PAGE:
The British yachtbuilder Princess has nearly trebled profits thanks to the re-emergence of affluent American buyers.
Princess Yachts is one of the country’s largest specialist manufacturers and employs 3,200 at its boatyards in Plymouth.
Owned by interests of the French multibillionaire Bernard Arnault, 70, the man behind the luxury goods group LVMH, Princess will today announce operating profits of £29.8 million for 2018, up from £10.9 million on the year before. That came from the sale of 270 boats, up from 230 in 2017, bringing in revenues 24 per cent higher at £340 million.
A marginal rise in the revenue per boat from £1.2 million to £1.25 million came as Princess sold more 70 to 80ft boats at between £2 million and £3.5 million. Its stock-in-trade is 40ft motor-yachts, which start at about £300,000. Its top-of-the-range 130ft “gin palace” comes with a price tag of £17 million.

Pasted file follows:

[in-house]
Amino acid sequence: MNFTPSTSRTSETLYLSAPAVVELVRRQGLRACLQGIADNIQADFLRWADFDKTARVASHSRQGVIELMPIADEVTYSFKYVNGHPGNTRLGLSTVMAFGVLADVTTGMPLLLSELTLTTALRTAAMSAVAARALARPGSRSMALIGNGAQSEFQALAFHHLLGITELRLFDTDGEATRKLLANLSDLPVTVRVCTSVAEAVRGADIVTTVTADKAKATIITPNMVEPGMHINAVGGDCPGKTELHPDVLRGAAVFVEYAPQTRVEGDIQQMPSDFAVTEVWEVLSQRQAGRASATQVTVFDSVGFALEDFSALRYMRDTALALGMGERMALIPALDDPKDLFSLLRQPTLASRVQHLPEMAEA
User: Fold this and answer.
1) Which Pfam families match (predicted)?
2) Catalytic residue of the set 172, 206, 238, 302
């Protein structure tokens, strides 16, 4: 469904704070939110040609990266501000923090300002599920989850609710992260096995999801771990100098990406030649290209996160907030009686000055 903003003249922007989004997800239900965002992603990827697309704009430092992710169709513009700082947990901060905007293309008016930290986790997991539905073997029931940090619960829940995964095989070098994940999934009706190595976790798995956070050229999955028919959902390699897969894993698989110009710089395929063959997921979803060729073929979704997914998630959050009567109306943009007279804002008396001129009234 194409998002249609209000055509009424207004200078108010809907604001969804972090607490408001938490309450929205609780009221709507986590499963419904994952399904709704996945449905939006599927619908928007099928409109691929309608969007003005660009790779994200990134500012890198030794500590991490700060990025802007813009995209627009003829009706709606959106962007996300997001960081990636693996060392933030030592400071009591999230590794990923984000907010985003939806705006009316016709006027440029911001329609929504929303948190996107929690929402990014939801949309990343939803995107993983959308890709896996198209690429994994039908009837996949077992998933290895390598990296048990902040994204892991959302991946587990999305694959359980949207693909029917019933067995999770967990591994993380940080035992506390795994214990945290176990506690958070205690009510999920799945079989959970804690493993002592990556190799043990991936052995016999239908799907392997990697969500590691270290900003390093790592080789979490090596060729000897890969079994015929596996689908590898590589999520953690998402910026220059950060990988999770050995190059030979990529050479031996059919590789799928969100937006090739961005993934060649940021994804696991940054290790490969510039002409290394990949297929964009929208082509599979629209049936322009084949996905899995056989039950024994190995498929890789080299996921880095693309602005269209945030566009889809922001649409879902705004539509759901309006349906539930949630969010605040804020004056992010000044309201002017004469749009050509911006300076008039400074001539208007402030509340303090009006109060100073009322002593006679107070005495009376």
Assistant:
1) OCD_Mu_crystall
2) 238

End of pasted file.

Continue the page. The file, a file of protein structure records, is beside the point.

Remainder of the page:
“The US market is growing substantially, but it was also the market that was worst hit by the financial crisis,” Antony Sheriff, Princess’s chief executive, said.
Mr Sheriff, 55, was brought on board in 2016 to turn around Princess, which had been on the brink of financial collapse. He was previously chief executive of McLaren Automotive, before falling out with its founder, Ron Dennis.
He is increasingly bringing in McLaren skills in carbonfibre composites to replace Princess’s traditional construction techniques using fibreglass.
In January the company plans to launch a boat called the X95, which Mr Sheriff claims will transform the superboats market. He said that the 75ft yacht’s design and construction will give it almost as much living area as boats twice as long.